Today’s distance 35km
Elevation gain 681 m
Elevation loss 452 m
Total distance from Almería 1,050 km
Last night’s accommodation had good and bad points. The bad was the bed, which was like sleeping on a slab of the granite found on the hillsides hereabouts, and it creaked so badly that even the gentlest of movements would cause a cacophony. I estimate I slept no longer than a couple of hours. The good point was breakfast which was included in the 15€ price, there was a selection of cheese (although obviously not for me), toast and home made membrillo (quince jelly) and very nice service by the lady of the house.
We walked 2.8 km through the city and country roads to reach our first track through woodland were I saw wild roses and honeysuckle. Occasionally the view opens up to include vineyards with neat rows of vines stretching into the distance. There are quince trees dotted about everywhere and whole orchards of quince trees. I even saw them growing amongst the vines.
After a huge thunder and lightning storm with rain bucketing down last night, the day dawned rather cloudy but bright with some blue showing through. And when the sun did manage to show its face, it became quite hot, although rather humid.
Just before 8 km we reach the village of Valbom and are walking on the road again. Marilyn and I walk to the petrol station just outside town where there is a cafe for a quick drink. The others found a bar in the village, next to the church which I am sure was more pleasant than the petrol station. We stayed on the road for around 2.5 km after the garage, ignoring the track we were supposed to take as it looked very uncomfortable and a bit boggy, favouring the road for a bit longer and taking a wide comfortable track to meet up with the camino. This diversion may have added 500 metres.
We are soon walking between boulder strewn mooreland and vineyards with occasional stands of pinetrees – still lots of lavender and broom.
As we start to climb we can see there has been a recent fire – last year I think. What would have been a walk through a corridor of broom was now a corridor of dead black sticks.
We see butterflies of all sizes and colours and hear lots of bird song
The track is mostly wide, sandy and comfortable, but there are stretches higher up that are just single foot-width trails, and when we get beyond the area devastated by fire we have to fight our way between wayward broom.
After considerable rumbling of thunder we get a little rain at 13:30, enough to put on our rain gear, but not enough to cause any discomfort. It is over quickly enough.
Aurelio has received news that his ageing mother is poorly and so he leaves us at 25 km at the village of Ameal where he calls a taxi to take him to our stage end and a bus back to Lisbon. He hopes to rejoin us in a few days.
Once our destination comes into sight high on a hill across the valley, we are walking through woodland again and then make a descent to pass under the E802. We are briefly on a minor road before being directed to an invisible track above the road. Determination wins out and I finally locate the way and we climb up a narrow track to the last village on our journey.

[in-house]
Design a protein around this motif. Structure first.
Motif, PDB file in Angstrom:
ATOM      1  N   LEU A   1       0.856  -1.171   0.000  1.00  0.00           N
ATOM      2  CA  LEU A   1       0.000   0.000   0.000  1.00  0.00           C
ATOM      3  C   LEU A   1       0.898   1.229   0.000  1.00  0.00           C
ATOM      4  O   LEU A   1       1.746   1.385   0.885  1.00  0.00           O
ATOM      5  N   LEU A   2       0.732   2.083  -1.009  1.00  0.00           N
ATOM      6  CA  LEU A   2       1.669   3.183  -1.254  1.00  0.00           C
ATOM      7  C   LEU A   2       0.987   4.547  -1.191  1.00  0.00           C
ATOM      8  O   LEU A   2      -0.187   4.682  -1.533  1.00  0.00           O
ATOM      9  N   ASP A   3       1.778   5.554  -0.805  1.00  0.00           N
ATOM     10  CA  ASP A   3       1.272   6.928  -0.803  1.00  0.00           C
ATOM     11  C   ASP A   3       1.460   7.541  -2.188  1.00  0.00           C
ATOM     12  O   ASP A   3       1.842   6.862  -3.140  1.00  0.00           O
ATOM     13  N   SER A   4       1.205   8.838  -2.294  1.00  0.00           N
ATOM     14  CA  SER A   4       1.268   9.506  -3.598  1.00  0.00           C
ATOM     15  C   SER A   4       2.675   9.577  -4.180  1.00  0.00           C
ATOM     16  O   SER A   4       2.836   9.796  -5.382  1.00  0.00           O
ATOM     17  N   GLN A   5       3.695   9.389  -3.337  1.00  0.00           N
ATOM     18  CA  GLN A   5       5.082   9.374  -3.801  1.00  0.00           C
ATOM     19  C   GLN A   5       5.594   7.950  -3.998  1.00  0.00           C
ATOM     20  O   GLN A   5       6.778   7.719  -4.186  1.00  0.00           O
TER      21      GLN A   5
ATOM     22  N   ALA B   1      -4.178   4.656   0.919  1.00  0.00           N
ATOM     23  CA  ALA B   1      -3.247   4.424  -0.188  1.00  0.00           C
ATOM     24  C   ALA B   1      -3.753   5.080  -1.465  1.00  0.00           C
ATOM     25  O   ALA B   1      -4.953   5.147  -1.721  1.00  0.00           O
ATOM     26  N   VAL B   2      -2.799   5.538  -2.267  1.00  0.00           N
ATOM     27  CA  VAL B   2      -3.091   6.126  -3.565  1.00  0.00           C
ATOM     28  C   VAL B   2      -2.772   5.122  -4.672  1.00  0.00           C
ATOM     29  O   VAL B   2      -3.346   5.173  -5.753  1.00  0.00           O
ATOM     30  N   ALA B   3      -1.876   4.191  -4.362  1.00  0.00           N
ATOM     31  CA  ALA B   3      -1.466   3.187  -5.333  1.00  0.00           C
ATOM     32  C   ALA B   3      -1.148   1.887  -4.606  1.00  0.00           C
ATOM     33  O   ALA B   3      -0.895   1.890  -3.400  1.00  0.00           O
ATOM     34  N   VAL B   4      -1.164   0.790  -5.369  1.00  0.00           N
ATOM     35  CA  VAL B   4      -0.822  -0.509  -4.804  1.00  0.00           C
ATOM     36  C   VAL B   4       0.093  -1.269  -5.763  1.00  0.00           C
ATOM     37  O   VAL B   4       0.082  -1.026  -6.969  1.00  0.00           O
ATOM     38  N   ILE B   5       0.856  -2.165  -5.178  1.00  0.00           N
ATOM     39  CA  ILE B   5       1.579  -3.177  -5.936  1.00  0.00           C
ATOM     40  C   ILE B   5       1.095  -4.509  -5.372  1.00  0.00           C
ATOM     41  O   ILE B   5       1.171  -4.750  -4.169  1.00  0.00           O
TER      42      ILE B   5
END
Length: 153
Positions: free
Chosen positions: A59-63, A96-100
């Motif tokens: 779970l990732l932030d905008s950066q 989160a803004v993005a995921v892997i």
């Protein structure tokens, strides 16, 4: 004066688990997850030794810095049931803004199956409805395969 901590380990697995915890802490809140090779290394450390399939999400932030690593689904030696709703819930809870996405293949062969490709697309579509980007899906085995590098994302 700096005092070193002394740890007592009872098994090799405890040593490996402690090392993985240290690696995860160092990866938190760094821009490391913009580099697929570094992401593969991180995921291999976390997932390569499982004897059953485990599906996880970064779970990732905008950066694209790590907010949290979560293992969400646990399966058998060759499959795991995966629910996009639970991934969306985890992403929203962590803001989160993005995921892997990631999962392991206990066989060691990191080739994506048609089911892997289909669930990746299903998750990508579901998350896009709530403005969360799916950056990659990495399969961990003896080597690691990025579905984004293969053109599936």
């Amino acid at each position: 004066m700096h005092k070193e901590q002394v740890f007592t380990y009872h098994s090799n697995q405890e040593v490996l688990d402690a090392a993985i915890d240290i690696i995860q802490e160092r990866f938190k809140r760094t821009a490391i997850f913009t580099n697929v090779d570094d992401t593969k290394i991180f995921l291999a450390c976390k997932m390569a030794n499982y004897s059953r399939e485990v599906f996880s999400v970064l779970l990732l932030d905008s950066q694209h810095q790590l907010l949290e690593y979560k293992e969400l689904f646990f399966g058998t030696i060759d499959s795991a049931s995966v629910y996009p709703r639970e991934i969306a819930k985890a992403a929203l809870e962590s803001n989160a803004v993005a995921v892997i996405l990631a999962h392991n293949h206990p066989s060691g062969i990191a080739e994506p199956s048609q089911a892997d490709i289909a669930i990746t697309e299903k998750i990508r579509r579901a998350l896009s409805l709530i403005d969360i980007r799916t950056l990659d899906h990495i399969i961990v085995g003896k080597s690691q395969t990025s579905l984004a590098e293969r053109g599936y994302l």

Once again on a quiet but winding road for a few kms before dipping into yet another valley and slogging up our final difficult climb to the castle of Trancoso. The steep track is made of very large loose stones, no earth between and is very uncomfortable, but onwards and upwards we go – a very tough finale to another 30+ km stage. But the reward is waiting with this very pretty, very ancient walled city and we quickly find ourselves a cafe in the main plaza where I have a celebratory white wine and Marilyn treats herself to a couple of pasteis de nata, the famous Portuguese custard tart.
We find our accommodation just outside the city walls at Alojamento Dom Dinis. We each have a private room with fabulous shower room ensuite, it is spotlessly clean, the double bed doesn’t creak. I flop into bed and watch the 10 o’clock news for a while and then fall into a deep and dreamless sleep without having made any effort to prepare this blog post. Unusually I sleep through until just gone 05:00. We had arranged to meet at 06:30 to take a pre-breakfast stroll around the walled city which was delightful. The narrow streets are full of hydrangeas, sadly not yet in flower. It must be spectacular when they are in bloom. We climb to the top of the city wall to survey the surrounding landscape and then return to the accommodation for the included breakfast which is not normally served until 08:00 at weekends, but they have made a 07:30 exception for us. The buffet style breakfast is worthy of a a good hotel and we tuck in to bread, cakes, cheese, ham, yoghurt, cereal and fresh fruit (just bread, jam and fruit for me). Bed and breakfast for 18€ – highly recommended.
Our hosts were also extremely helpful in arranging our accommodation for tonight. Our intended stage end is Sernancelhe where pilgrims can usually stay with the Bombeiros (at the fire station), but a phone call establishes that there is no room at the inn tonight and the other accommodation on our list is not open. So we decide to stop 6 km short at Ponte do Abade.
I’m sure you will be interested to know that I have been extremely pleased with the toe socks that I purchased for this camino. My only gripe is that they are not made for people with long toes and I have been regularly sewing up small holes on top of the big toe. I have not had any blisters thus far (shssh! It’s never too late to speak too soon). And the boots have been wonderful, other than the soles wearing a bit thin, but I always get that. The only issue is that they tend to flick grit up inside the boot and I have to stop and empty them out regularly. A small price to pay for such comfort.